Triangle Arts and Entertainment – News and Reviews Theatre Dance Music Arts

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Guys and Dolls at the Cary Art Center Is a Classic Musical That’s Still Fresh and Fun

For all the best reasons, Guys and Dolls ranks right up there among America’s best-loved musicals. The music sparkles, the lyrics and dialogue are quintessentially American, the stories are just complex enough to pull our interest, and the characters are usually people that we can care deeply for. In this show, most of them are… Read More ›

Cary Players’ Rendition of Guys and Dolls Has All the Pieces, But Not Enough Glue

It is said that you cannot get service that is simultaneously good, fast, and cheap. You can have it good and fast, but it will not be cheap. You can have it fast and cheap, but it will not be good. You can have it good and cheap, but it will not be fast. During… Read More ›

Melinda Whittington and Edward Parks star as Ada and Inman in Cold Mountain (photo by Eric Waters)

Jennifer Higdon’s 2015 Opera, Cold Mountain, Surpasses the 1997 Novel and the 2003 Film

We love opera. The larger-than-life voices, the costumes, and the stories. When we go to the opera, we expect a certain amount of grandeur. Yet, even with these high expectations, when we walked into Memorial Hall at the University of North Carolina at Chapel Hill and first laid eyes on the stage, we were both… Read More ›

Queenie and Peanut, two lifesize elephant puppets created by Significant Object, are a main attraction for Circus 1903

Ooh and Aah and Laugh Like You’re a Kid Again at Circus 1903 at DPAC Through Sunday

One of my favorite childhood memories is when the circus came to the small Kansas town where I grew up. They showed up out of nowhere; and within an hour, every kid in the neighborhood was transfixed, watching strangers create a colorful city on what had been an empty field. By sunset, the air was… Read More ›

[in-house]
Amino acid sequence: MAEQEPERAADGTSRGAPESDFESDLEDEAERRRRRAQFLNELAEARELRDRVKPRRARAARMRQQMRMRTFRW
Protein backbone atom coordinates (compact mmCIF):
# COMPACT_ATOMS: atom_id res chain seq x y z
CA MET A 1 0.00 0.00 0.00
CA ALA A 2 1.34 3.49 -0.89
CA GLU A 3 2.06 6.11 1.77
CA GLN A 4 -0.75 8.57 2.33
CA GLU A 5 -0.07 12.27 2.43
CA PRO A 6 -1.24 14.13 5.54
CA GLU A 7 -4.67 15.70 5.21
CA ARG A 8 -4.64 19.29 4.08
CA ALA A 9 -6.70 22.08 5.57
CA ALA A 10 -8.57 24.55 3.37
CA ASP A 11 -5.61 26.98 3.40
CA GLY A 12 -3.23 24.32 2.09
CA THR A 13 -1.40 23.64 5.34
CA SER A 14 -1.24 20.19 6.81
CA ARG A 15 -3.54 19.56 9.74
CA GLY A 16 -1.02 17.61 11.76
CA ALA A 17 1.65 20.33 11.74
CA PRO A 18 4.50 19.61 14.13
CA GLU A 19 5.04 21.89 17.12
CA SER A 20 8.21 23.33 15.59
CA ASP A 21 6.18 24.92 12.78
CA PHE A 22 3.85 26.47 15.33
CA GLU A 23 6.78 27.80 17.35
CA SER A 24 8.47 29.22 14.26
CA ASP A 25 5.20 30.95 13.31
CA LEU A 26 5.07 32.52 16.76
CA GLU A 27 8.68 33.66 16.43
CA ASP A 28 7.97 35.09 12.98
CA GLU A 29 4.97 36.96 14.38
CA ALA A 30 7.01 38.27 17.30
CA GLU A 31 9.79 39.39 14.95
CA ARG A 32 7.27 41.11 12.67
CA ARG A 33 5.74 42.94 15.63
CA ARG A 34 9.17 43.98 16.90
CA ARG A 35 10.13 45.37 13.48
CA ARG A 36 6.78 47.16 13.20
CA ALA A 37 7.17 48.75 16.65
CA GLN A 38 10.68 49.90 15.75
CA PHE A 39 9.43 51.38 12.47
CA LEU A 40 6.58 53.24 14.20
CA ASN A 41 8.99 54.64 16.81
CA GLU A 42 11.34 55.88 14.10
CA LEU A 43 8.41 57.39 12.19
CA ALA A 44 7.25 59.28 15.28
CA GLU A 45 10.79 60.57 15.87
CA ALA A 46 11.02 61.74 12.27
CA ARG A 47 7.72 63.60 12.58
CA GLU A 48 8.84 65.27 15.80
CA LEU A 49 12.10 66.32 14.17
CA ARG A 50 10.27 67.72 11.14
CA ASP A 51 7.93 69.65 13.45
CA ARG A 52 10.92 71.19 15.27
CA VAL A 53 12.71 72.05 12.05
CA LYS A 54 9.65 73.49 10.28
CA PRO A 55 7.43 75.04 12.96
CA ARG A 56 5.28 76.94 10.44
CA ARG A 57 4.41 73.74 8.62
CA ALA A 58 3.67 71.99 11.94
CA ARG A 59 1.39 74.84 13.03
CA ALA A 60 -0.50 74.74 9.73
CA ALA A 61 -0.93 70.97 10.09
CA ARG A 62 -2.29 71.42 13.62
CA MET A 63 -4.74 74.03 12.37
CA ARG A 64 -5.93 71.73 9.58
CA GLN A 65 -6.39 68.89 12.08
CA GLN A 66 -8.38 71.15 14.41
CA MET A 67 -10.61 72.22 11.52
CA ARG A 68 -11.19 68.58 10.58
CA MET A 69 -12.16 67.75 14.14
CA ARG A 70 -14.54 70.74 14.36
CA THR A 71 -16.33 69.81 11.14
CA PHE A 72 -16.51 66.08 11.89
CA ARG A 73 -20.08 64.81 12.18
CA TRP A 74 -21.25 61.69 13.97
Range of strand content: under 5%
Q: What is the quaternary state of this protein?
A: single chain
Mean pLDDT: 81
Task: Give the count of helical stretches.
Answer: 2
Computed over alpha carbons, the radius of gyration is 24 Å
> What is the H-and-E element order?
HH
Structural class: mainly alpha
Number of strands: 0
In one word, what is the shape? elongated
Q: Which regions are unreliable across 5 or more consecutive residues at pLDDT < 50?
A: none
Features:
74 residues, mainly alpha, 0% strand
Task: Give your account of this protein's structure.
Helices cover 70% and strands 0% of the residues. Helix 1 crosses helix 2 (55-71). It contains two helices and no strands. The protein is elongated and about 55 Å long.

Bert V. Royal’s Dog Sees God at NRACT Is Funny, Touching, and Thought-Provoking, a Bit Shocking, But Ultimately Uplifting

There comes a time in all of our lives when we encounter a profound and immutable truth: comic-strip characters simply never age! Indeed, Charlie Brown (and the rest of Charles M. Schultz’s Peanuts characters) appeared on the scene in the 1950s as elementary-school-aged children and remained in that age group for half a century. But… Read More ›

The Durham Performing Arts Center will kick off its 2017-18 SunTrust Broadway Series Circus 1903 on Sept. 26-Oct. 1

Circus 1903 Offers Fun for the Whole Family

Most people have been to the circus. But, no one alive today has been to the type of circuses held in 1903…until now. Onstage at Durham Performing Arts Center (DPAC), presented by MagicSpace Entertainment, is a new kind of show, one aptly called Circus 1903: The Golden Age of Circus. And, while Circus 1903 might not be… Read More ›

Raleigh Room Escapes Scares Up a Different Kind of Theatre

We are at a gas station near downtown Raleigh attempting to rehydrate. We’re sweaty, breathless, and debriefing on what the hell happened back there. Pressing an ice-cold gatorade to my neck, I ask, “you wanna go again?” “Only if it’s a different room,” my partner answers, unscrewing a bottle of water. “That was too stressful…. Read More ›

Circus 1903 features mother and baby elephant puppets, created by Significant Object (photo by Martin Olmann)

Circus 1903 Will Recreate Acts from the Golden Age of Circus on Sept. 26-Oct. 1 at DPAC

To kick off its stellar 2017-18 SunTrust Broadway Series, the Durham Performing Arts Center invites Triangle theatergoers to step right up and enjoy the thrills and chills — under the Big Top — of eight performances of Circus 1903: The Golden Age of Circus on Sept. 26-Oct. 1. This captivating recreation of an old-timey, turn-of-the-century… Read More ›

Sandi Toksvig’s Silver Lining Is a Fun Show

Peony Productions director Pam McClure hastens to inform us, both in her director’s notes and in her preshow remarks, that the decision to produce this show was taken before the spate of natural catastrophes that have been experienced of late. During those life-threatening (and deadly) events, the phenomenon of forgotten elderly people has been also… Read More ›

Barbara Field’s Playing with Fire (After Frankenstein) at TIP Is a Hot One

Barbara Field’s Playing with Fire (After Frankenstein) belongs to the literary category that I refer to as the “But What Happened Next?” genre. Many such works can be tedious and unsatisfying, but this one is very interesting. Indeed, it was quite fun to watch the Sept. 22nd opening-night performance of Theatre in the Park’s production,… Read More ›

Moonlight Stage Co.’s First Full-Length Play, Seascape with Sharks and Dancer, Is a Winner

One of the perks of attending a good performance of a good play is this: you leave the theater with this warm feeling that you have gotten to know some real people — you have had enough of a glimpse into their character that you feel that you know “what makes them tick.” This was… Read More ›